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The Journal of Orthopedic Surgery: October 1921
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Fifty-five of the fractures were recent; nine were in the neck of the femur, and seven were cured. The two failures were owing, in one instance, undoubtedly to improper reduction, and in the other to the removal of the cast in three weeks and the patient'S refusal of further treatment. Forty patients were observed to end results; thirty-five (87.5) had obtained entirely satisfactory results. Although I am not prepared to state, from such a small series of cases, whether open operation or conservative measures is the preferred treatment, I do not hesitate to operate on patients, providing conditions are satisfactory, if I am satisfied that the fragments are not in good position.

One hundred sixty-five of the fractures were old, or end results of fractures of the femur. It is difficult to judge the conditions under which the primary treatment was carried out, but it was undoubtedly quite inefficient in the greater number of cases. In the smaller number, union had been slow and the pull of the powerful muscles, or too early weight bearing had caused bowing. It is difficult to determine from the roentgenograms or from clinical examinations when union is complete in a case of malunion. On opening some of the fractures of this type, motion was easily demonstrated. In fifty patients, the causes of the disability were faulty end results following fractures of the neck of the femur. Five patients were not traced and six were not operated on by the open method; the remaining thirty-nine were operated on. Osteotomy for malunion was performed in two; the others were treated for non union, and twenty-eight (71.7 per cent.) were cured. In cases in which the neck was absorbed and union was attempted by using a bone peg, failures were uniform. A fair amount of neck must remain if there is to be any chance of union. The Brackett operation is the method of choice when the neck is destroyed.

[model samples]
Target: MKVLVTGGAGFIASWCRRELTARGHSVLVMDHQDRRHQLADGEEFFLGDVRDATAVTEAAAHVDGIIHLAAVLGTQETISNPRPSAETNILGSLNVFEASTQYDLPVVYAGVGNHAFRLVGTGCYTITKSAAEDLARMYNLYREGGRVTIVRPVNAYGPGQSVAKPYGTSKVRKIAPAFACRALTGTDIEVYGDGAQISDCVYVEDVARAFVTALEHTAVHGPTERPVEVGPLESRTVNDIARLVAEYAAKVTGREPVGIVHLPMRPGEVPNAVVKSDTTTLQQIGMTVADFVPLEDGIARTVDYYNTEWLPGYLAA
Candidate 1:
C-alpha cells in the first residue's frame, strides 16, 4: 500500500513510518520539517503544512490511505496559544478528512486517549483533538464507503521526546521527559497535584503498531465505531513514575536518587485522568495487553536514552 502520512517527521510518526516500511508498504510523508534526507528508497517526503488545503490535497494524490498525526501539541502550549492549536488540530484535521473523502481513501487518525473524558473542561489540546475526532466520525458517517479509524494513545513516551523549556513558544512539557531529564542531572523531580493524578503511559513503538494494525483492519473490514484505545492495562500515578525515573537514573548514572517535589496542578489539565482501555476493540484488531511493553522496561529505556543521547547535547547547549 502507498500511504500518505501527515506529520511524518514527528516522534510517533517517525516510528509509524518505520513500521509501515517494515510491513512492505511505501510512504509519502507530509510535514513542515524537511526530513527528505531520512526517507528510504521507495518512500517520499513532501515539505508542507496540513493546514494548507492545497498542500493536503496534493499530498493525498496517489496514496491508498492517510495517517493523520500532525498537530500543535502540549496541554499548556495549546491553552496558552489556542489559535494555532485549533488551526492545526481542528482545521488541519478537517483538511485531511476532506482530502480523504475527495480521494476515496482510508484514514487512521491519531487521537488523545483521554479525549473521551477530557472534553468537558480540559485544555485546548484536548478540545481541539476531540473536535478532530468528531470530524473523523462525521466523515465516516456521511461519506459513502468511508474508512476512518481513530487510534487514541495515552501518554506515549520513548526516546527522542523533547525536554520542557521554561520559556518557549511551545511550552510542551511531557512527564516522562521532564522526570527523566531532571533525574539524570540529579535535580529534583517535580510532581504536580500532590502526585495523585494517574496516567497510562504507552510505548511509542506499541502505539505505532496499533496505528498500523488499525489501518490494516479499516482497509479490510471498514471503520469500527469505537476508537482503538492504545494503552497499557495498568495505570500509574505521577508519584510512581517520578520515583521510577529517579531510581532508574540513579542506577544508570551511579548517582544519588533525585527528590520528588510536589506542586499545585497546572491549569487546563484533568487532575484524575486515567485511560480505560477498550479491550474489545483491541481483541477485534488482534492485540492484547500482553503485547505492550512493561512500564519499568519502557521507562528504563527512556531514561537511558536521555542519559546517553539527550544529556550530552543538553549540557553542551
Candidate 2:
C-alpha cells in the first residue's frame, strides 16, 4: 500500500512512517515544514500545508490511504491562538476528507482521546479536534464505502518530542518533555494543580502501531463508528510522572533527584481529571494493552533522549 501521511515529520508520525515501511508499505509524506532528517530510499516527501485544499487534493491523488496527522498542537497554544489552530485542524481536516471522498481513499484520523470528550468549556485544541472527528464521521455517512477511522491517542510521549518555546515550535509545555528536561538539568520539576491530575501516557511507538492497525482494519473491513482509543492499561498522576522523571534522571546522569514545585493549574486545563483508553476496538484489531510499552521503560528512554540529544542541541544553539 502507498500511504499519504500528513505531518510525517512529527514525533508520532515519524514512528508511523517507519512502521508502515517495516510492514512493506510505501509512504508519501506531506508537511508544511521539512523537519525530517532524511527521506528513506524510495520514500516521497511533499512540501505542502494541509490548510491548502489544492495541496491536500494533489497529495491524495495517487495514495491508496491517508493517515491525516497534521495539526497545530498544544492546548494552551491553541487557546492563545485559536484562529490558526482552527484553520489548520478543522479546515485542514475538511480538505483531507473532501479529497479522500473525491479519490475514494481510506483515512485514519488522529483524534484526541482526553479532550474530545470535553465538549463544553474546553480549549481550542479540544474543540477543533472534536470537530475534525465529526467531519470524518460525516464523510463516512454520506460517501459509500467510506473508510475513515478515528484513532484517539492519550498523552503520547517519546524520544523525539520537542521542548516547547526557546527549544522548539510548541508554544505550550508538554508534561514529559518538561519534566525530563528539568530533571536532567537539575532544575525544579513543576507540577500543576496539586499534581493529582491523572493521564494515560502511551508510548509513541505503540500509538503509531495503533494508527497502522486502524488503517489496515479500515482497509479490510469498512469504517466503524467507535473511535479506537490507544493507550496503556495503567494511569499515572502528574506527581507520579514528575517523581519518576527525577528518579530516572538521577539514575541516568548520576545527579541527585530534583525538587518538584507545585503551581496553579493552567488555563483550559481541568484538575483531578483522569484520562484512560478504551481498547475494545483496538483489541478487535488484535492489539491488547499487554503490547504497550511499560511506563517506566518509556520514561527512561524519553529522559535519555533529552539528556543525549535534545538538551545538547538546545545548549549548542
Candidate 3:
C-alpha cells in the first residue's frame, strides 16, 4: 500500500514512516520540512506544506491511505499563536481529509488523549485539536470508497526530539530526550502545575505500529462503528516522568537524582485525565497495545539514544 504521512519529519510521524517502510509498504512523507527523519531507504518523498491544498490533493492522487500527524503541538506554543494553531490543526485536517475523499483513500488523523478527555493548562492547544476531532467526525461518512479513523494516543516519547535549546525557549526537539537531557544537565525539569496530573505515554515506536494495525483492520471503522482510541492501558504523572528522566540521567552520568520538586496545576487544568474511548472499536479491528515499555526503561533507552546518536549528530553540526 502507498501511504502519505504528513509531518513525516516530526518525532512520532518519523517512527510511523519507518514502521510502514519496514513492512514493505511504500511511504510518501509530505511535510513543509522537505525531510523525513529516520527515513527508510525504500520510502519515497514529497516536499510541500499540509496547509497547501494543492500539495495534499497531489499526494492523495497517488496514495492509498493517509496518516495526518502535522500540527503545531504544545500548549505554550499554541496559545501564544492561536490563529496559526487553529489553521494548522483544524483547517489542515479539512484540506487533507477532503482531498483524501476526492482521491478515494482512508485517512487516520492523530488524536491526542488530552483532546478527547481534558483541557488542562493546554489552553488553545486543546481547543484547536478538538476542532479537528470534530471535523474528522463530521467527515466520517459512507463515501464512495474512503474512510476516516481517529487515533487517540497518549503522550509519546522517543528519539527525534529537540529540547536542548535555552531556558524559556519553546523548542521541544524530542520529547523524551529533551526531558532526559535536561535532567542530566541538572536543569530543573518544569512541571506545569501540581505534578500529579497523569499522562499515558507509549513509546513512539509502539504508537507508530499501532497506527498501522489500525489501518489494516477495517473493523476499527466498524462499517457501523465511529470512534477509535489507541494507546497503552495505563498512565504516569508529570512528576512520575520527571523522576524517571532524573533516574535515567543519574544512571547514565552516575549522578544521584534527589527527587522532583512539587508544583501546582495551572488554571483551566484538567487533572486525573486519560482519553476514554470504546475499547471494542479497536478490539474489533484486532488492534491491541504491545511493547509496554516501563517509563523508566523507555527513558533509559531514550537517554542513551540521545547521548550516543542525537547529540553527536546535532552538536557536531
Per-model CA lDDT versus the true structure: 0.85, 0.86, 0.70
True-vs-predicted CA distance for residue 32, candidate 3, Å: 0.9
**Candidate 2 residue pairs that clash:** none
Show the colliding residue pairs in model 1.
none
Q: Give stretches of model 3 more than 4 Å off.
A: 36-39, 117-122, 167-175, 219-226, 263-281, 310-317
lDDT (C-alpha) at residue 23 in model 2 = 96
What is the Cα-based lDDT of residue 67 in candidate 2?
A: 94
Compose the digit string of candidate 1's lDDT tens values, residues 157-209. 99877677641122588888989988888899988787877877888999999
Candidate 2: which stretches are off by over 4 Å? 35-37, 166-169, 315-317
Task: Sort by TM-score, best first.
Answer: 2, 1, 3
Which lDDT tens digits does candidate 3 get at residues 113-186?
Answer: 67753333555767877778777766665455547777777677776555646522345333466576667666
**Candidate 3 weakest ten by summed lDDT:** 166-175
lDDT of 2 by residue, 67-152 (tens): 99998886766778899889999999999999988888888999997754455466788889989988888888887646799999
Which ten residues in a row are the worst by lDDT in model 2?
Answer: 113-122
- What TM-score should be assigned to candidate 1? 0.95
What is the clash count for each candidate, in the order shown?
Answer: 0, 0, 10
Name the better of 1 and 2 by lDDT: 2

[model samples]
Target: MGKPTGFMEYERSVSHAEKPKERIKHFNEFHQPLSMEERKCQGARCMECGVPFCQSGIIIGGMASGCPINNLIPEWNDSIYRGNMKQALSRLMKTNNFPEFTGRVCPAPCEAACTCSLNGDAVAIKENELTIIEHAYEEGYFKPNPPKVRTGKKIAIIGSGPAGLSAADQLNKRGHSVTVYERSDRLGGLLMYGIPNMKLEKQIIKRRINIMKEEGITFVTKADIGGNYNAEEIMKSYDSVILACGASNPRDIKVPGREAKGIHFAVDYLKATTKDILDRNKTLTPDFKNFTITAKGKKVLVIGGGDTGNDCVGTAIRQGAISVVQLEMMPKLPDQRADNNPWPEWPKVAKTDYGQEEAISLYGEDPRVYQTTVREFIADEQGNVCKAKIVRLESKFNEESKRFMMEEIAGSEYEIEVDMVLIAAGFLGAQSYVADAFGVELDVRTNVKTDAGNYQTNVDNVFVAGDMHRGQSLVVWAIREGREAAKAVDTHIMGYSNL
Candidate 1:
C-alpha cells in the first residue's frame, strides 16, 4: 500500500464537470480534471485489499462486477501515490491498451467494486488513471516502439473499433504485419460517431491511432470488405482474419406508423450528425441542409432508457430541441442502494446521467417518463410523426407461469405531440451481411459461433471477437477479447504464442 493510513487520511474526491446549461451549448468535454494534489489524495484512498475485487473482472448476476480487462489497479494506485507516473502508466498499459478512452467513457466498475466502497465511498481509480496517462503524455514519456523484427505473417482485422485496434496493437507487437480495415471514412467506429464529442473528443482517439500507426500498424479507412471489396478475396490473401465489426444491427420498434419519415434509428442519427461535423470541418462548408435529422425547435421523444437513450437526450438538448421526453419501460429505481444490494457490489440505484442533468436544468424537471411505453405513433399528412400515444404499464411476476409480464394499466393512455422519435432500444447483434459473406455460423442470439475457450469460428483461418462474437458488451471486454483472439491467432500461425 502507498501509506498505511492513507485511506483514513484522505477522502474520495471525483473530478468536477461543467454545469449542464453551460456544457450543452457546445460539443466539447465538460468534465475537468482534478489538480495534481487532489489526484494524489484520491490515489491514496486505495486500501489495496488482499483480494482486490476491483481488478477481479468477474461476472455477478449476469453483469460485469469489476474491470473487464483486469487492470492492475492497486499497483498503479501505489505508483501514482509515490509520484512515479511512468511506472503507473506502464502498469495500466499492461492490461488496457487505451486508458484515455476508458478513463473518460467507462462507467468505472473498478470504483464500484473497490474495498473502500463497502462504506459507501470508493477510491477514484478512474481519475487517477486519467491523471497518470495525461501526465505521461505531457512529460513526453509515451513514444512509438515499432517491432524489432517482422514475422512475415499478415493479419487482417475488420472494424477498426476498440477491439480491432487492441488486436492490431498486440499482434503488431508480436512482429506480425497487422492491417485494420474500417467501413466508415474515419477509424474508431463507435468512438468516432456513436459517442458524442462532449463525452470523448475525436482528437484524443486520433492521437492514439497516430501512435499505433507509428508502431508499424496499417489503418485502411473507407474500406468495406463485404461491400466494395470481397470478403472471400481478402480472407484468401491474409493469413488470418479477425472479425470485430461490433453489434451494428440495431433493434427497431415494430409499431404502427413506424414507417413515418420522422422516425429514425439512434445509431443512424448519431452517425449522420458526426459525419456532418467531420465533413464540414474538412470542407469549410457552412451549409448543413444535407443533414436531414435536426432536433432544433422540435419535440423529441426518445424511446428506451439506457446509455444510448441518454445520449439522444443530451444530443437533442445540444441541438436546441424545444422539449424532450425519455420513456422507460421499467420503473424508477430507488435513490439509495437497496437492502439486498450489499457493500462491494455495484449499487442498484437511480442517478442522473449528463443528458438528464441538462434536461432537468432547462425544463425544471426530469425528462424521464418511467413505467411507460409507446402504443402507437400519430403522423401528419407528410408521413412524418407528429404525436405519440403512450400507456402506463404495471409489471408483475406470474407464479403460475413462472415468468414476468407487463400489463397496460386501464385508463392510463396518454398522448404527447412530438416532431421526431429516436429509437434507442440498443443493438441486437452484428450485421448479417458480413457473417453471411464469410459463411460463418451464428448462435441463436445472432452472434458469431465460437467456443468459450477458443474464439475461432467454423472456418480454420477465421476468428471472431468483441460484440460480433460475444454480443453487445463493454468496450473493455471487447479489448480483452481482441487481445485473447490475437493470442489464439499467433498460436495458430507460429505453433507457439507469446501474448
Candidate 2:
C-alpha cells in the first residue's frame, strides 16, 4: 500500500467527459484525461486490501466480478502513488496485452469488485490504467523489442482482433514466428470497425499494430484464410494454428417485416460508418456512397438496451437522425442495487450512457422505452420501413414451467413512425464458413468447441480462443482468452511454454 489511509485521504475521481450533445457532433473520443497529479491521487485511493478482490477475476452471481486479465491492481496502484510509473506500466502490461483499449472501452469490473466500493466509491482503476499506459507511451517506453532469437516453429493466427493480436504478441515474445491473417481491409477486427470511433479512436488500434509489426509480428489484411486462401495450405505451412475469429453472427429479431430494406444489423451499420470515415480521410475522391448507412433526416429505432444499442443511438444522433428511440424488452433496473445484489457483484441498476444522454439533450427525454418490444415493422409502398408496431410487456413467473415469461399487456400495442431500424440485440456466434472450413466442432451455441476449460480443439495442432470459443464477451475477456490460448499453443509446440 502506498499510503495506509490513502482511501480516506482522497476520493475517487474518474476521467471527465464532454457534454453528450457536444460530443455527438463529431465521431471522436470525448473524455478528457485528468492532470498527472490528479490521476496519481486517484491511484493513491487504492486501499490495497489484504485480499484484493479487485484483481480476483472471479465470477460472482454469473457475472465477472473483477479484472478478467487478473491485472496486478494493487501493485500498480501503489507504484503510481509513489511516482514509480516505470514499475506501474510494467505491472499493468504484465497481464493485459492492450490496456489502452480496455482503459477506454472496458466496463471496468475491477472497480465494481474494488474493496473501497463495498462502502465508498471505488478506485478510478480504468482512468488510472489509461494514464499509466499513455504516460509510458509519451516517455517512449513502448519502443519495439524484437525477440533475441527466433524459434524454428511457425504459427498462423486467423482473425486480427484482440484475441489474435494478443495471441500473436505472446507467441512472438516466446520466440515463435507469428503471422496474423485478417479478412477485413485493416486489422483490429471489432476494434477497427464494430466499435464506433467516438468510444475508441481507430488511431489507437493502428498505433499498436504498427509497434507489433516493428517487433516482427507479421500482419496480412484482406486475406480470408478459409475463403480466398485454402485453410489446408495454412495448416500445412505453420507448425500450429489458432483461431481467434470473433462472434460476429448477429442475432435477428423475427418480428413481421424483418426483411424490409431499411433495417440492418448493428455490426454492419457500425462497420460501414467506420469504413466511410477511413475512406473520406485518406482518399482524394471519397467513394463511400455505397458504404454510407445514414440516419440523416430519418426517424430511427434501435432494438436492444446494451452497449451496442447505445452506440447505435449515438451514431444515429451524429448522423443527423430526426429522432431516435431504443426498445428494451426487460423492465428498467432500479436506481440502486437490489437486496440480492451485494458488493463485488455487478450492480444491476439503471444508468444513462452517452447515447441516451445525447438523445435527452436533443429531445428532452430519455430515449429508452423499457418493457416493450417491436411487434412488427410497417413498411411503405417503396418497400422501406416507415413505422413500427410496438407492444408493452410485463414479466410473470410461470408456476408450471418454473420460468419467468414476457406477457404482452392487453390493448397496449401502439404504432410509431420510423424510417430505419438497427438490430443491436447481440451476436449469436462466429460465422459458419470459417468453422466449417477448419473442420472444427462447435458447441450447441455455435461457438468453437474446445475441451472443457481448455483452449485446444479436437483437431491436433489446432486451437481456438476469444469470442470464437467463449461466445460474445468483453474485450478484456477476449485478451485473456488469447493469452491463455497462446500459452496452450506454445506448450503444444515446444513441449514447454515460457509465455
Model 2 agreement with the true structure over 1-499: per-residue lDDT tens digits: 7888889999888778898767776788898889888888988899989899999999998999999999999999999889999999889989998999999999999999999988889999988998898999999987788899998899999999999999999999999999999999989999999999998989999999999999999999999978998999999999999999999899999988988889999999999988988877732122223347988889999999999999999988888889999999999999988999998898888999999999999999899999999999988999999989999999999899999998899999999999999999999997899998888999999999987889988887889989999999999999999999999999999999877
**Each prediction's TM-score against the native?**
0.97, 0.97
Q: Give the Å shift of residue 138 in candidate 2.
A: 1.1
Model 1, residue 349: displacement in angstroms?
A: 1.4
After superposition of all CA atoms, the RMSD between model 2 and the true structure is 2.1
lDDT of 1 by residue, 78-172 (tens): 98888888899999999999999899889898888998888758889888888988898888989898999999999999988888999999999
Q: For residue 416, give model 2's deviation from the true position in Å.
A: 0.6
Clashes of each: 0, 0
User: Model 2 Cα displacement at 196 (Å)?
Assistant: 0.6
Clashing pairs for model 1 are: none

One hundred fifteen patients with fractures of the shaft were treated and ninety-eight were traced. Sixty-nine were operated on and 76.7 per cent. were cured. Twenty-nine were treated by conservative measures, and twenty-seven (93.1 per cent.) obtained satisfactory results.

End Results in Fractures of the Femur, 222 Cases. 57 Recent Fractures; 165 Old Fractures. [See Table in PDF Source.]

(C) 1921 All Rights Reserved.The Journal of Bone and Joint Surgery, Inc.

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